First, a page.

Role of oxygenation in hypothermic machine perfusion of kidneys from heart beating donors.Transplantation. 2012 Oct 27; 94(8):809-13.T
Dynamic preservation of organ grafts by hypothermic machine perfusion (HMP) has regained broader interest to provide better outcome after transplantation. One pivotal aspect still under debate is the role of oxygenation during HMP. The present study investigates functional and molecular aspects of active oxygenation during HMP of kidneys from heart beating donors.
Kidneys were retrieved from Landrace pigs (25-30 kg body weight) and preserved by pulsatile HMP for 21 hr. All kidneys were randomly assigned to either anoxic perfusion (MPanox) or active oxygenation of the perfusate (MPox). All grafts were then autotransplanted, and the remaining native kidney was removed at the same time. Renal integrity and function was evaluated during perfusion and for 1 week after the transplantation and the removal of the remaining native kidney.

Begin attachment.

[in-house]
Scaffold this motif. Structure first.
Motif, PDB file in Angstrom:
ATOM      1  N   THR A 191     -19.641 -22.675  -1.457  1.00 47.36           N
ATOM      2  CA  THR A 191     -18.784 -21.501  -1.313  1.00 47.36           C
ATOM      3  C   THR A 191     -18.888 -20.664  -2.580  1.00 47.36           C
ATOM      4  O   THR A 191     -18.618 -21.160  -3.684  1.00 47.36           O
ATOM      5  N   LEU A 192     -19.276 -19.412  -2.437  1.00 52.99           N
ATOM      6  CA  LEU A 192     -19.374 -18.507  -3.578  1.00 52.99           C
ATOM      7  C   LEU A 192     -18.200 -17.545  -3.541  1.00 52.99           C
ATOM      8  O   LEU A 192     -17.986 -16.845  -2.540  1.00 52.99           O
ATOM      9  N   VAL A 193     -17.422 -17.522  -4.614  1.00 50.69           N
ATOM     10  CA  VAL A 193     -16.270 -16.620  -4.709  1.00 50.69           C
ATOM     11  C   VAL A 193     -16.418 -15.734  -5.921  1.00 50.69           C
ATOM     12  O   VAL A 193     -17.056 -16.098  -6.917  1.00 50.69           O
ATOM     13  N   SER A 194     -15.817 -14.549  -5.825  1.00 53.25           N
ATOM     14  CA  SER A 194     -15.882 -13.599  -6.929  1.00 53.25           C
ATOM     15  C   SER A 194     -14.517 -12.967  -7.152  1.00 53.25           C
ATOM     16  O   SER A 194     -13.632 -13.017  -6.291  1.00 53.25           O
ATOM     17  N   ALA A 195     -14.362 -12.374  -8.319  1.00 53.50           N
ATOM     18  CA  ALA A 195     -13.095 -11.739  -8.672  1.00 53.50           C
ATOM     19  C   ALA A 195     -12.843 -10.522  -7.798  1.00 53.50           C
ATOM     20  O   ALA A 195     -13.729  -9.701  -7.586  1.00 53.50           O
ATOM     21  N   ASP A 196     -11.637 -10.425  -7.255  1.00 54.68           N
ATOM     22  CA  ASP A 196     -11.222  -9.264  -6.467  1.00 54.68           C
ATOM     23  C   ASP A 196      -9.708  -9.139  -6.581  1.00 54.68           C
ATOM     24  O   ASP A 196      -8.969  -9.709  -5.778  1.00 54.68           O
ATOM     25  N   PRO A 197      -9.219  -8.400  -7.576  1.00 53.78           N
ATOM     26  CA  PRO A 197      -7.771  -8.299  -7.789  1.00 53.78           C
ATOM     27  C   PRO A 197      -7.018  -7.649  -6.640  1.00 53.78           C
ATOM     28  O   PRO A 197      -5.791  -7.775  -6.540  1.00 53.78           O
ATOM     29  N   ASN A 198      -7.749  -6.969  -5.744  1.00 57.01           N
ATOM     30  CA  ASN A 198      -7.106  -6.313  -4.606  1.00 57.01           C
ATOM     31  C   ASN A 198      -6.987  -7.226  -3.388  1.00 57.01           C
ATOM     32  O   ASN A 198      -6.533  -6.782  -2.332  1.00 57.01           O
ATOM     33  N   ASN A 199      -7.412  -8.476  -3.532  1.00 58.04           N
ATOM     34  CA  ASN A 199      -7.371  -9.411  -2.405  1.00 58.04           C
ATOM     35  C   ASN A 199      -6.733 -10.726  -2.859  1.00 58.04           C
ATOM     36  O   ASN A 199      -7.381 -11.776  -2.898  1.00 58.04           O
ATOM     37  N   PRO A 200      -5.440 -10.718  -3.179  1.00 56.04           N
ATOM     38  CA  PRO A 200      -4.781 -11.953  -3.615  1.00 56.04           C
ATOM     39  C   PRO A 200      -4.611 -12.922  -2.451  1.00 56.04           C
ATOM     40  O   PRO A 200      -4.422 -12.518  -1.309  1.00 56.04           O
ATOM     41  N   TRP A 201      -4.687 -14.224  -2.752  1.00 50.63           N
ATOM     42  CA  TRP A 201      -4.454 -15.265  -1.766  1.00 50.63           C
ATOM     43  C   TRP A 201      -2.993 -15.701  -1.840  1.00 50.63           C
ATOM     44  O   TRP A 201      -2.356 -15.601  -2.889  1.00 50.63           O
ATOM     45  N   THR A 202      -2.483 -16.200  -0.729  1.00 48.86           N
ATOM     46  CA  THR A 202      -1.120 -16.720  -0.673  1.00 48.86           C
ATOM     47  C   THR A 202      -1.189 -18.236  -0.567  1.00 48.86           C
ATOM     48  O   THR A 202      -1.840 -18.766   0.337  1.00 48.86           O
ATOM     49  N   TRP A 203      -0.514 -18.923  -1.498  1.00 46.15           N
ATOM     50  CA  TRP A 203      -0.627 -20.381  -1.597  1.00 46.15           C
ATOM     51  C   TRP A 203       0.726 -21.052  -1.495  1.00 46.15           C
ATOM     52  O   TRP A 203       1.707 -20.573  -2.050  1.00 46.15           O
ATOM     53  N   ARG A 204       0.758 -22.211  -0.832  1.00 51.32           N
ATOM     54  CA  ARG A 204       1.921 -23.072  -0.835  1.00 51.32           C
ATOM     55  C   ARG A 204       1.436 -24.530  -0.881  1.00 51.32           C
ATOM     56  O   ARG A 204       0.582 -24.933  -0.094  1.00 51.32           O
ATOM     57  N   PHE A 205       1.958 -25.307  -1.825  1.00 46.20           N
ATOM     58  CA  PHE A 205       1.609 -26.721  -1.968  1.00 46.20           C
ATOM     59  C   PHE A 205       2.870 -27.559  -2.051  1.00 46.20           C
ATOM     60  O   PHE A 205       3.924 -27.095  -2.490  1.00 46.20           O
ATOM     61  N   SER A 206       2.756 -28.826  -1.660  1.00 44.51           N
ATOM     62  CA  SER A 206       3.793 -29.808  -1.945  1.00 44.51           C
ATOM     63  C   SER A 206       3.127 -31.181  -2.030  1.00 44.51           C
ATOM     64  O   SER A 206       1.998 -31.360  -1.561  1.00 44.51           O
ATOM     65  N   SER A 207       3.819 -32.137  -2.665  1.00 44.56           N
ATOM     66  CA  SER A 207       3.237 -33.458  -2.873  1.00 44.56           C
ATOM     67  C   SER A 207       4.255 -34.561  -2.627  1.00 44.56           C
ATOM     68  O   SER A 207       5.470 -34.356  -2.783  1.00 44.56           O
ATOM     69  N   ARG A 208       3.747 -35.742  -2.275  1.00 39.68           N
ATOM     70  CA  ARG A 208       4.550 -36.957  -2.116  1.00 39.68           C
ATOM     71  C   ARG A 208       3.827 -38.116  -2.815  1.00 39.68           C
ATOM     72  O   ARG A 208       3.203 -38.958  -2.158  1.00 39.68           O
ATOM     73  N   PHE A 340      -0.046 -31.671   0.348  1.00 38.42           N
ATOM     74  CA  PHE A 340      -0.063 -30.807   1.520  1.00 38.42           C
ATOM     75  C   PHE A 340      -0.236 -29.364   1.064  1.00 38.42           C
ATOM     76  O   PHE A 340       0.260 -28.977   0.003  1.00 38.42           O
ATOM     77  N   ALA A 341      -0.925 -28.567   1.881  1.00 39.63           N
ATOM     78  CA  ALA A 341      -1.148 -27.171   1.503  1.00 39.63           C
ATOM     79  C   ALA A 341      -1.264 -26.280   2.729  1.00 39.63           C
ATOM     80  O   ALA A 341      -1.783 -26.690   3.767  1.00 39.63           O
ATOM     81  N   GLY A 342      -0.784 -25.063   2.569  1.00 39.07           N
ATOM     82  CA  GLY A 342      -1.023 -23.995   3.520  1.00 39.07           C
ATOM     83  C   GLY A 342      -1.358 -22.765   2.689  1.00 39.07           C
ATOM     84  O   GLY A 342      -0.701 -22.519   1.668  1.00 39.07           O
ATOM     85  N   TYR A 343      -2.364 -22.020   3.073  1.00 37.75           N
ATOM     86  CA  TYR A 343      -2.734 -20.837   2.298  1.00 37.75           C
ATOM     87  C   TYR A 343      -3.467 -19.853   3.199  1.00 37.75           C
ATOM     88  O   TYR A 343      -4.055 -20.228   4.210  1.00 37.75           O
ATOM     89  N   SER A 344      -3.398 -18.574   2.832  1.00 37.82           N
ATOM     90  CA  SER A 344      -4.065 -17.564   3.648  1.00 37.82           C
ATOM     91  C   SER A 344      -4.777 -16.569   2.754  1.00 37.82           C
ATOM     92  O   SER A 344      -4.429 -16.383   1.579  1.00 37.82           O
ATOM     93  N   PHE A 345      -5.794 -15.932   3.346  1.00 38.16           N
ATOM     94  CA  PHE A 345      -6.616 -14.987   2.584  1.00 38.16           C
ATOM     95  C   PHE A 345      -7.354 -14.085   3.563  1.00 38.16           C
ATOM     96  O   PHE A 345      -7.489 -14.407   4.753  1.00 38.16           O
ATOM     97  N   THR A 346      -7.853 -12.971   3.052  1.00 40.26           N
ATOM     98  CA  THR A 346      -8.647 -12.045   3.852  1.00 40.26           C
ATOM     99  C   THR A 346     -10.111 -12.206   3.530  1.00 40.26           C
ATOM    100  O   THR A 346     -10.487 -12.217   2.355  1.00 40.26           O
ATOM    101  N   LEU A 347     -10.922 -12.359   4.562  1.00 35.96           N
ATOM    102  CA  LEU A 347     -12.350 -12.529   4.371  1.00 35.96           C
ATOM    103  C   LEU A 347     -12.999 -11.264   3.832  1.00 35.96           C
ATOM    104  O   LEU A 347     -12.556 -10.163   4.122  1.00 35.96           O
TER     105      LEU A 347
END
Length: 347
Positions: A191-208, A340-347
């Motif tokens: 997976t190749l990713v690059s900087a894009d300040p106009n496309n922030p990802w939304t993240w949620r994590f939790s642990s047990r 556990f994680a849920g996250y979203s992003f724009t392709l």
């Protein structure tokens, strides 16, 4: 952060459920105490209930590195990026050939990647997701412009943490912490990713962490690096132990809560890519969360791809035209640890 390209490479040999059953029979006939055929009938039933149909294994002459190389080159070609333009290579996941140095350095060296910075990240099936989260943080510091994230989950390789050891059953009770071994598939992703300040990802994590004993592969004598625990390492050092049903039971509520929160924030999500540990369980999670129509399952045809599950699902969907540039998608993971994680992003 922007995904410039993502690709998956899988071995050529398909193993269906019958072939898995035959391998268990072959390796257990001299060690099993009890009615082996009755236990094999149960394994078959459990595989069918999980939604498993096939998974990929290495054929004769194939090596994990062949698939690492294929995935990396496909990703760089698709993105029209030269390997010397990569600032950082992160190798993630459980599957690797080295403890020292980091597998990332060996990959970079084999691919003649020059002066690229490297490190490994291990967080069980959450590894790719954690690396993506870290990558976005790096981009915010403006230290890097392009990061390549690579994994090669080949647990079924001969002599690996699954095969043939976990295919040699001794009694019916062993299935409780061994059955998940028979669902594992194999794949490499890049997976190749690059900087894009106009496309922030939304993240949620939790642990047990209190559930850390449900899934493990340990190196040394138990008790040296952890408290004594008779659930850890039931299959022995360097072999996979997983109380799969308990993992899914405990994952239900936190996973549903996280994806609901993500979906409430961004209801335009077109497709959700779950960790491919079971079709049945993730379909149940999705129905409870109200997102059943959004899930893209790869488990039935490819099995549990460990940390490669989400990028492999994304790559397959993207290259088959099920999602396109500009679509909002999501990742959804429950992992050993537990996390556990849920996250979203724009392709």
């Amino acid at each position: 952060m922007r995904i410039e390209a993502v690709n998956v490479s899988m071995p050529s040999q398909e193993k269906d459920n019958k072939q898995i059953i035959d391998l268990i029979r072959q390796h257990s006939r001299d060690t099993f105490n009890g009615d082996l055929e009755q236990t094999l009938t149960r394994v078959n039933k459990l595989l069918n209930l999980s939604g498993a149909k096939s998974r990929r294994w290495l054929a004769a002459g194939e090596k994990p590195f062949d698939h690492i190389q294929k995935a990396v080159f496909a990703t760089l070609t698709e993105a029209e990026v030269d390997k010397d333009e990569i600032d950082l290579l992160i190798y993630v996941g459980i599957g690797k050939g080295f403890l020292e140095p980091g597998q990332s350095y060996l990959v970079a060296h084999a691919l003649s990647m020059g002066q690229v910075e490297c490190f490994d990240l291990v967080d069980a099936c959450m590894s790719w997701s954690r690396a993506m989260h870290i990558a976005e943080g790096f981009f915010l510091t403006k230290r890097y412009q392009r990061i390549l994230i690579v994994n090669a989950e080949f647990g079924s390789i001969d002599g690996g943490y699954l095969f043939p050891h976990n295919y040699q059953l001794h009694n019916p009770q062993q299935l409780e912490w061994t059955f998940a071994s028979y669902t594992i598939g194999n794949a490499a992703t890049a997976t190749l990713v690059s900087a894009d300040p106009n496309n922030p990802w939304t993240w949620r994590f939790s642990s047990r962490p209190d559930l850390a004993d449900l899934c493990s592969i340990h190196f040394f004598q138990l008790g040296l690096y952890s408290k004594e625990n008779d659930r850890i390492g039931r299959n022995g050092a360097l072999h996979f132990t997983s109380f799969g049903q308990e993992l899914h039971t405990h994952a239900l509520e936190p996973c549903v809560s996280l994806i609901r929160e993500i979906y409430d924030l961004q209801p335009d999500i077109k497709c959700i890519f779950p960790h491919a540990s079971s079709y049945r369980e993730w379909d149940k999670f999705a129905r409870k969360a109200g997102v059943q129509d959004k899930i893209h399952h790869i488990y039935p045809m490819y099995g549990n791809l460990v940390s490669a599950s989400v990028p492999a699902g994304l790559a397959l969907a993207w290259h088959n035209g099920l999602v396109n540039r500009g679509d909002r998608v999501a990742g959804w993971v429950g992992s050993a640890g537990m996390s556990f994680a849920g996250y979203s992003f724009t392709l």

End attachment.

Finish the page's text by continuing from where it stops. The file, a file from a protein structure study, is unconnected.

Oxygenation during HMP resulted in lower endischemic vascular resistance and slightly elevated free radical-mediatedtissue injury during HMP. After reperfusion, radical mediated lipid peroxidation was twofold higher in the MPanox group. Renal clearance of creatinine was found significantly better during the first 2 days after transplantation after MPanox than after MPox. Molecular expression of erythropoietin was increased threefold to baseline levels after MPanox, indicating renal hypoxia during preservation, but was remained unchanged after MPox. Gene expression of sodium-glucose transporter reflected similar functional outcome in both groups. Fractional excretion of Na(+), proteinuria, or serum levels of lactate dehydrogenase were similar in both groups.
The present data do not support the use of active oxygenation during hypothermic perfusion of kidneys from donors with intact circulation.